EALA MP Simon Mbugua/COURTESY
New generation notes were unveiled on June, 1 during Madaraka Day celebrations.
By Mkarimu Media
EALA Member of Parliament Simon Mbugua on Monday filed a case seeking orders to bar adoption of new generation currency.
Mbugua claims that the use of Jomo Kenyatta’s image violates the constitution.
The lawmaker argues that the Central Bank of Kenya did not involve the public in the printing and unveiling of the new currencies.
He wants the court to issue orders stopping the implementation of the new currencies pending the hearing of the case.
The MP also says the portrait of the first President of Kenya, Jomo Kenyatta, on the notes contravenes the Constitution.
In another similar move, activist Okiya Omtatah is set to challenge the same move.
Omtatah has given a number of reasons why the new currency notes should be considered null and void.
Article 231(4) states, “Notes and coins issued by the Central Bank of Kenya may bear images that depict or symbolize Kenya or an aspect of Kenya but shall not bear the portrait of any individual.”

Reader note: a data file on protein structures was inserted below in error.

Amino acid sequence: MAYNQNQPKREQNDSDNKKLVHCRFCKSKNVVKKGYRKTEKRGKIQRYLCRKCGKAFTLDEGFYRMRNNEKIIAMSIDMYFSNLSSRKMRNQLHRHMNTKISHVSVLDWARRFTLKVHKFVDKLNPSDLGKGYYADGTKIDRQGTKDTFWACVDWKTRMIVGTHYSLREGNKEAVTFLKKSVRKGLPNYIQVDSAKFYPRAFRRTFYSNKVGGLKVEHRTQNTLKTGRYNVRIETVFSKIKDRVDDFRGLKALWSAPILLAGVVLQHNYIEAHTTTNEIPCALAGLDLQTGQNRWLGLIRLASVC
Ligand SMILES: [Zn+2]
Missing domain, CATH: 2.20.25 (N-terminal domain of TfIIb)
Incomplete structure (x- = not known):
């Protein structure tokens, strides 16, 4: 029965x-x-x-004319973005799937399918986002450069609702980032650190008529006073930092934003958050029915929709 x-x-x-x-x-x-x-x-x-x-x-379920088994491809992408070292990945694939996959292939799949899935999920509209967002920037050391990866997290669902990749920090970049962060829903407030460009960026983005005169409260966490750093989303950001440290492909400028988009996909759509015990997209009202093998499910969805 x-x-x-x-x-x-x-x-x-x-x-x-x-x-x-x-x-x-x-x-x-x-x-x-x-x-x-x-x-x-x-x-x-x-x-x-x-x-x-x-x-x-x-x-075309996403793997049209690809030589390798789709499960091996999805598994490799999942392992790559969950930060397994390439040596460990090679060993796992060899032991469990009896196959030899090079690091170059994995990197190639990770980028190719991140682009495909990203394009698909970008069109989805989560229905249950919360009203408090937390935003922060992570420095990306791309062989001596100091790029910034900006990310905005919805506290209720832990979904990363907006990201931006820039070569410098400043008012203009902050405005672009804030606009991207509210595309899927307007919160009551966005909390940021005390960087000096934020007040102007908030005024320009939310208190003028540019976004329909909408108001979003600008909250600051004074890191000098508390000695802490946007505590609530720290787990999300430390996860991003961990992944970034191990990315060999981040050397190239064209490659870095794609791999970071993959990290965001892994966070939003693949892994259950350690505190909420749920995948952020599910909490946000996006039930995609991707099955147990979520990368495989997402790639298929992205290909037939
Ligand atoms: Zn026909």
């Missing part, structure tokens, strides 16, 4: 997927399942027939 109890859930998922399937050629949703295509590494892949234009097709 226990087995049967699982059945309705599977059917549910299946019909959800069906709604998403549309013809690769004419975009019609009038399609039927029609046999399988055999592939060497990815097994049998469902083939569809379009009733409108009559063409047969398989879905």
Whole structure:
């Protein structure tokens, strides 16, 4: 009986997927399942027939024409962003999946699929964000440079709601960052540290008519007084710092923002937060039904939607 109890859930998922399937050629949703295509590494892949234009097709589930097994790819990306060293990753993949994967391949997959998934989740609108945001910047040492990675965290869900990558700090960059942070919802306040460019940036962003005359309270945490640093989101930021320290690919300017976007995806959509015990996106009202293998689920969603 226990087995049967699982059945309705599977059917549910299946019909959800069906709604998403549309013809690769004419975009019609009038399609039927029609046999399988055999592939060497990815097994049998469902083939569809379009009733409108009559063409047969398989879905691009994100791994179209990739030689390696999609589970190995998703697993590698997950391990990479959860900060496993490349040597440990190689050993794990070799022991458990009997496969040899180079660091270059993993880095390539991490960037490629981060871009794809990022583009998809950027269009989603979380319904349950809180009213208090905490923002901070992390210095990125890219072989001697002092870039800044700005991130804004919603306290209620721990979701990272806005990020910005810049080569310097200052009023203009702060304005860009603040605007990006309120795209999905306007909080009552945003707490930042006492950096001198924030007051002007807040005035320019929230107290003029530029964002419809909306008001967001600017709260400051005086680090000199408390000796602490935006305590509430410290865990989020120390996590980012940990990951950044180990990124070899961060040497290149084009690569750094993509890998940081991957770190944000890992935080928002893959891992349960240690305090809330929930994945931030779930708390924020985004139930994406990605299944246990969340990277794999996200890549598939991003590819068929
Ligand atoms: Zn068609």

The front face of the new currency notes embodies the big 5 of Kenya which include the rhino, buffalo, elephant, lion and the leopard.
At the back of the notes is the Kenyatta International Convention Center plus the statue of the founding father of the nation, Mzee Jomo Kenyatta which many have raised concerns about.
Speaking to the media about his petition, Omtatah postulates that the statue should not be included in the new currency notes as the constitution stipulates.
He also states that there was no public participation as requested by the law in the entire process.
In addition to these two reasons, the seasoned litigant also quotes Section 34 of the Sixth Schedule that provides no grounds for invalidation of the old currency notes. The section states:
“Nothing in Article 231(4) affects the validity of coins and notes issued before the effective date.”
He is set to file his case on Monday.
However, in the revised 2014 Central Bank of Kenya Act, Cap 491, Part IV, section 22, there are provisions that make it possible for the Central Bank to withdraw the current notes from the public within a set time frame and give the date with which the notes and coins will cease to be legal tender.
“A notice published in the Gazette, and in such a manner as the Bank considers likely to bring that notice to the attention of the public shall specify the issues and the denominations forming part of the issues,of notes or coins that are to be withdrawn, the places where those notes or coins may be taken for exchange, and the date on which those notes or coins shall cease to be legal tender.”
Source: Mkarimu Media and News Agencies